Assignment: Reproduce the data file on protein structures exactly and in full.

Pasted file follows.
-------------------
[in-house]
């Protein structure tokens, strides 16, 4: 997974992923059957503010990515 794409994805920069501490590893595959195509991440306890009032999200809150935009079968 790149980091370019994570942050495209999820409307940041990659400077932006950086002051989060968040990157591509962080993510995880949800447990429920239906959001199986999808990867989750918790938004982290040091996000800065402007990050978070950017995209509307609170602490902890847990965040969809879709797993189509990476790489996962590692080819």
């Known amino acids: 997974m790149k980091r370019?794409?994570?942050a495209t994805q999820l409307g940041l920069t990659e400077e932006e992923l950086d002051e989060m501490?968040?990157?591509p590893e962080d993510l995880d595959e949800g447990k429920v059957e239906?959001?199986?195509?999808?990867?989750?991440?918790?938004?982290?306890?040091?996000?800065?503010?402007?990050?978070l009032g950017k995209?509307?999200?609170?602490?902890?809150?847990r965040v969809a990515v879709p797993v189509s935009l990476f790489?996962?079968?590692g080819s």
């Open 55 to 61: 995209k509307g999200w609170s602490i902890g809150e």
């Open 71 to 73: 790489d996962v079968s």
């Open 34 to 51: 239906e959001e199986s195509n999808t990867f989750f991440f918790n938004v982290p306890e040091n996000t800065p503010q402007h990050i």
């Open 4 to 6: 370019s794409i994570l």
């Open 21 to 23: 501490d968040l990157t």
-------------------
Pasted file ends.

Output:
[in-house]
């Protein structure tokens, strides 16, 4: 997974992923059957503010990515 794409994805920069501490590893595959195509991440306890009032999200809150935009079968 790149980091370019994570942050495209999820409307940041990659400077932006950086002051989060968040990157591509962080993510995880949800447990429920239906959001199986999808990867989750918790938004982290040091996000800065402007990050978070950017995209509307609170602490902890847990965040969809879709797993189509990476790489996962590692080819």
């Known amino acids: 997974m790149k980091r370019?794409?994570?942050a495209t994805q999820l409307g940041l920069t990659e400077e932006e992923l950086d002051e989060m501490?968040?990157?591509p590893e962080d993510l995880d595959e949800g447990k429920v059957e239906?959001?199986?195509?999808?990867?989750?991440?918790?938004?982290?306890?040091?996000?800065?503010?402007?990050?978070l009032g950017k995209?509307?999200?609170?602490?902890?809150?847990r965040v969809a990515v879709p797993v189509s935009l990476f790489?996962?079968?590692g080819s």
């Open 55 to 61: 995209k509307g999200w609170s602490i902890g809150e």
């Open 71 to 73: 790489d996962v079968s």
């Open 34 to 51: 239906e959001e199986s195509n999808t990867f989750f991440f918790n938004v982290p306890e040091n996000t800065p503010q402007h990050i």
């Open 4 to 6: 370019s794409i994570l």
């Open 21 to 23: 501490d968040l990157t």